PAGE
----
Former zoo employee sentenced after pleading guilty to trafficking endangered Galapagos tortoises

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OKLAHOMA CITY (KFOR) – A former employee of the Oklahoma City Zoo was formally sentenced Wednesday after pleading guilty to a wildlife trafficking charge for selling Galapagos tortoise hatchlings from the Herpetarium.

On April 14, 2020, Joshua Taylor Lucas was charged with a single-count felony Information charging him with wildlife trafficking in violation of the Lacey Act.

Among other offenses, the Lacey Act prohibits people from acquiring or distributing any fish, wildlife, or plant that was obtained illegally.

Yesterday, Lucas pleaded guilty to taking an endangered species of wildlife and then selling and shipping the animals across state lines in violation of the Lacey Act. 

At the hearing, the former assistant curator of herpetology at the Oklahoma City Zoo admitted he stole several Galapagos tortoise hatchlings during his tenure at the Zoo.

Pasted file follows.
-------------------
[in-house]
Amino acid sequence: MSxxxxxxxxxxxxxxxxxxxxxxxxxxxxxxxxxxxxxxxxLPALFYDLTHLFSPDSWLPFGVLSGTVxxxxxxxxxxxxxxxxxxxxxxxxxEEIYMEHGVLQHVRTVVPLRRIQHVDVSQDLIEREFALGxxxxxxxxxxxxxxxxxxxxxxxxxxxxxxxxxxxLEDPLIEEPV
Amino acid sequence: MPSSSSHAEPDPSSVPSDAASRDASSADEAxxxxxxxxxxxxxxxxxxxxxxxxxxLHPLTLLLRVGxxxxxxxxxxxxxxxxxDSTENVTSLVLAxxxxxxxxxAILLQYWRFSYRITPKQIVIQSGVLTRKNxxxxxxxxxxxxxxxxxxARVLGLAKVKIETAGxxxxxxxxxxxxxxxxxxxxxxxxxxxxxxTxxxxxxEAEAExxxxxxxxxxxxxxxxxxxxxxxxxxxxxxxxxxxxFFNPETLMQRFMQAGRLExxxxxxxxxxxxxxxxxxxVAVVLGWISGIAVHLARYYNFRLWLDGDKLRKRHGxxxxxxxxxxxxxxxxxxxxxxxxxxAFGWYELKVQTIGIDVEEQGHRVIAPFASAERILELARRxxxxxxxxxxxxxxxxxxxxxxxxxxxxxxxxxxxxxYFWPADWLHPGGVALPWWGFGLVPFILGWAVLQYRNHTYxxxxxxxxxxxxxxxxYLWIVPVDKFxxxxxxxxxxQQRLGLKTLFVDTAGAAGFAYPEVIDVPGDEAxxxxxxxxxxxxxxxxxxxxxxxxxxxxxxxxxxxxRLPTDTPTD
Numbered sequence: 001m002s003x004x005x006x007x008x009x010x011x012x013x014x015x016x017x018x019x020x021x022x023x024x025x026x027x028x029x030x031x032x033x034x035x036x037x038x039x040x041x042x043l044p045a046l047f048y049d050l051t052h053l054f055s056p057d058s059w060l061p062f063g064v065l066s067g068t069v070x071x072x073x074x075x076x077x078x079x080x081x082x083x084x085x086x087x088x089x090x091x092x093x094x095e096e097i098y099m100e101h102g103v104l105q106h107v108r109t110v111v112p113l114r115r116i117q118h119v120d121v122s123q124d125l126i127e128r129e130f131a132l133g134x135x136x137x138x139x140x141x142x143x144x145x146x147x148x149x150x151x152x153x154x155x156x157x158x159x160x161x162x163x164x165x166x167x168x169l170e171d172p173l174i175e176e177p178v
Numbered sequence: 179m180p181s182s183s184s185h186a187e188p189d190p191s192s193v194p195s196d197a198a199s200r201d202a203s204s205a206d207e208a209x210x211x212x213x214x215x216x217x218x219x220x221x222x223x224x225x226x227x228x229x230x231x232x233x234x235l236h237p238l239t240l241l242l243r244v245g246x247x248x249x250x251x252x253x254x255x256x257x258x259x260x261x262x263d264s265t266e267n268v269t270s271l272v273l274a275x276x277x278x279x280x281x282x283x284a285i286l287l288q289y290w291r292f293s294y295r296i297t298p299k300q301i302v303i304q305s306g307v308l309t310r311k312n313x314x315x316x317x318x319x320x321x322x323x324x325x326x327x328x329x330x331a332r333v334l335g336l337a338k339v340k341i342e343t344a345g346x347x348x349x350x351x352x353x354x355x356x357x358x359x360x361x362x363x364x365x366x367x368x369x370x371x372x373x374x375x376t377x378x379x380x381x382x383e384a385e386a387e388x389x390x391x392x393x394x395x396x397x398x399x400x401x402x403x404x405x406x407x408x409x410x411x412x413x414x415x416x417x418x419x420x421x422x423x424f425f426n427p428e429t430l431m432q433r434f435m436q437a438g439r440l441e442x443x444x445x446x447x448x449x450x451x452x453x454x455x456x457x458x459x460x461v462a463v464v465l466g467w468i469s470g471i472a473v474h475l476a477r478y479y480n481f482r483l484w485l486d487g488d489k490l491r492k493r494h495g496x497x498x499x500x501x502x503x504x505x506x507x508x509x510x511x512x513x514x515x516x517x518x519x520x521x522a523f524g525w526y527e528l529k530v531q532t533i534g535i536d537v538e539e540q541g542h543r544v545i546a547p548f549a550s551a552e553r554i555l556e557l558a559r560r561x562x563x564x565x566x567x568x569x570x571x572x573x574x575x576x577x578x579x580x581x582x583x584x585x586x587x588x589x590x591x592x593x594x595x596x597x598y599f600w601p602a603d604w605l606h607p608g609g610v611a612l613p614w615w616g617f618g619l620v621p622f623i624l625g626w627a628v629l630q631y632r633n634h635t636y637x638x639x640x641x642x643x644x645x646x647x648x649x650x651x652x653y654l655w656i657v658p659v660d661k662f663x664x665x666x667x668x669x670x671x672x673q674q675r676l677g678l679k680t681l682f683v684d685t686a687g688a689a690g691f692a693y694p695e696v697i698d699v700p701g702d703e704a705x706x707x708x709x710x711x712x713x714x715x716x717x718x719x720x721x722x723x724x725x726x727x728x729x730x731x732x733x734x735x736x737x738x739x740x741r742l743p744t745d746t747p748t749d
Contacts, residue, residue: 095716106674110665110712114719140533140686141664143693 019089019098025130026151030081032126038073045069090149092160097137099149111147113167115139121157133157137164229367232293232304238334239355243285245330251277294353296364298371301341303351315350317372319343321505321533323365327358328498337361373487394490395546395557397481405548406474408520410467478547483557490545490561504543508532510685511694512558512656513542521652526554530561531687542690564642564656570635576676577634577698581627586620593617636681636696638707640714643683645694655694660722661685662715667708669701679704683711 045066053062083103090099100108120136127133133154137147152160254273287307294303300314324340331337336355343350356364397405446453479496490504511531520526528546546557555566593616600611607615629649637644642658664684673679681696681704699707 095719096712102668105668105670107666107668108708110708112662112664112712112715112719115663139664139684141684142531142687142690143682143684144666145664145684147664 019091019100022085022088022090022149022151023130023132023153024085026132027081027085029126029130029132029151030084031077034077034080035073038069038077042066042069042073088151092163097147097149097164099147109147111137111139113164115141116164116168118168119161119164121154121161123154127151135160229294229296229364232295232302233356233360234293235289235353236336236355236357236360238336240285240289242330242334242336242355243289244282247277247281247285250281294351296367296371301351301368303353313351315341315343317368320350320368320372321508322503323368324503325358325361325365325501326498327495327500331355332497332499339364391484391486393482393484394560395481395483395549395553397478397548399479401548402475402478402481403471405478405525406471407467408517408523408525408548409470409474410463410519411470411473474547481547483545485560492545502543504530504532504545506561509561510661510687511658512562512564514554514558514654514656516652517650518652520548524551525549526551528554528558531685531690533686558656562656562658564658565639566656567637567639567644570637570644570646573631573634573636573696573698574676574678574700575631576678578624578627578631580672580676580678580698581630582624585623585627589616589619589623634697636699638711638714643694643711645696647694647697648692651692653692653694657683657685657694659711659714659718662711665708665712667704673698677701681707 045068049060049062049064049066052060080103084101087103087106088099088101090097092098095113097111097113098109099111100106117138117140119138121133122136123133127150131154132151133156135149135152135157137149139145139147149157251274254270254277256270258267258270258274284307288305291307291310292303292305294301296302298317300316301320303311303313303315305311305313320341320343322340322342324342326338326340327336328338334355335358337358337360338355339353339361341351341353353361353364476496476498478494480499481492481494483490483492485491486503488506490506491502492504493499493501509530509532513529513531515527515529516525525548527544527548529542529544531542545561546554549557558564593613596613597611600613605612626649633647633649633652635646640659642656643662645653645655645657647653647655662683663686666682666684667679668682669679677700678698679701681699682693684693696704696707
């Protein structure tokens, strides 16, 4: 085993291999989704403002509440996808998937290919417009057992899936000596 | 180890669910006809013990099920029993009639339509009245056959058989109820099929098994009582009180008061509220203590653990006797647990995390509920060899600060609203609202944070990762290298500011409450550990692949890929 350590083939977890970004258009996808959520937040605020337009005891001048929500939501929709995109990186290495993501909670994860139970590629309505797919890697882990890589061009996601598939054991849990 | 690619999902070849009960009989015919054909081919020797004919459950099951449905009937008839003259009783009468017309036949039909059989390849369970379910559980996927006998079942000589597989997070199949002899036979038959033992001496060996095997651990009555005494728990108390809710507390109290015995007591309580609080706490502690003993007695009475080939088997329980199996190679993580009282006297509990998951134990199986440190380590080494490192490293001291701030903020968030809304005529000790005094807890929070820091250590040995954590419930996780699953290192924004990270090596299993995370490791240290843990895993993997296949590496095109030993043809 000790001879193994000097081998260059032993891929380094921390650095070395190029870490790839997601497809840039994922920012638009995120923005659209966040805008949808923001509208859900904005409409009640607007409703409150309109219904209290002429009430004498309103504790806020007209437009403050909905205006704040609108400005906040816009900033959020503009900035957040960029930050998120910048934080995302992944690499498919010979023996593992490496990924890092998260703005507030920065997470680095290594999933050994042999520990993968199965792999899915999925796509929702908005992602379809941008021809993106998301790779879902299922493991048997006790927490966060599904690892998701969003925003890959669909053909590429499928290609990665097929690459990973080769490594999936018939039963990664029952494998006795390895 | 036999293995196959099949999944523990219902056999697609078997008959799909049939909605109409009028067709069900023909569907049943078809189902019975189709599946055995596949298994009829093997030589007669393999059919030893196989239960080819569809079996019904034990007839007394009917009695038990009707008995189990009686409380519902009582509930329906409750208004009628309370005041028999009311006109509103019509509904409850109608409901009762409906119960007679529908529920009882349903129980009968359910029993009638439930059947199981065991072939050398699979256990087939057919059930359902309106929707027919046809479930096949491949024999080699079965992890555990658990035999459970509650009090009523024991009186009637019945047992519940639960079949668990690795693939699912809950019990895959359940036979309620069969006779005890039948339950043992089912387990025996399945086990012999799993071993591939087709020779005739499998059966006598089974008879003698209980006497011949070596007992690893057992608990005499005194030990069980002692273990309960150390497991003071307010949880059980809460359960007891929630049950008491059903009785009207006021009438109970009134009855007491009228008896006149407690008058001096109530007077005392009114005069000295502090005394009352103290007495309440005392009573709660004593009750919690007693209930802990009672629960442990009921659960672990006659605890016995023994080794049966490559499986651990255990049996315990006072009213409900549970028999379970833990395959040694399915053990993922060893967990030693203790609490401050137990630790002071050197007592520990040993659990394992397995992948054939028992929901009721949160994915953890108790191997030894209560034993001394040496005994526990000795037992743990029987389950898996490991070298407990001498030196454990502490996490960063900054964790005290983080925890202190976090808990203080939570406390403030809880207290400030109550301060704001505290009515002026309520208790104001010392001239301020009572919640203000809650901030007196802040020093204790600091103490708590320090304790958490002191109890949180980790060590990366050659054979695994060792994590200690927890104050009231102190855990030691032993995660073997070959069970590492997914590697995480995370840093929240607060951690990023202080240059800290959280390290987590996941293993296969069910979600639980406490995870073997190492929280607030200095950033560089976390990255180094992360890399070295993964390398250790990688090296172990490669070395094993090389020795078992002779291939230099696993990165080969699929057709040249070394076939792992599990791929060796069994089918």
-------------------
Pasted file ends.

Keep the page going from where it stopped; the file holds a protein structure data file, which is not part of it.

“This iconic species is the largest tortoise in the world, with hatchling sized juveniles carrying a black market value starting at $5,000 per animal,” said Phillip Land, Special Agent in Charge for the U. S. Fish and Wildlife Service – Office of Law Enforcement for the Southwestern U.S.

Lucas further admitted that he sold and shipped 21 Galapagos tortoise hatchlings to a Nevada resident who was previously under Indictment in the Southern District of Texas for the illegal traffic of Galapagos tortoises.

“The exploitation and trafficking of endangered wildlife for personal profit is unacceptable,” said Acting U.S. Attorney Troester.

United States District Judge Bernard Jones sentenced Lucas to serve three years of probation, perform 100 hours of community service, and pay $32,500 in restitution to the Oklahoma City Zoo. 

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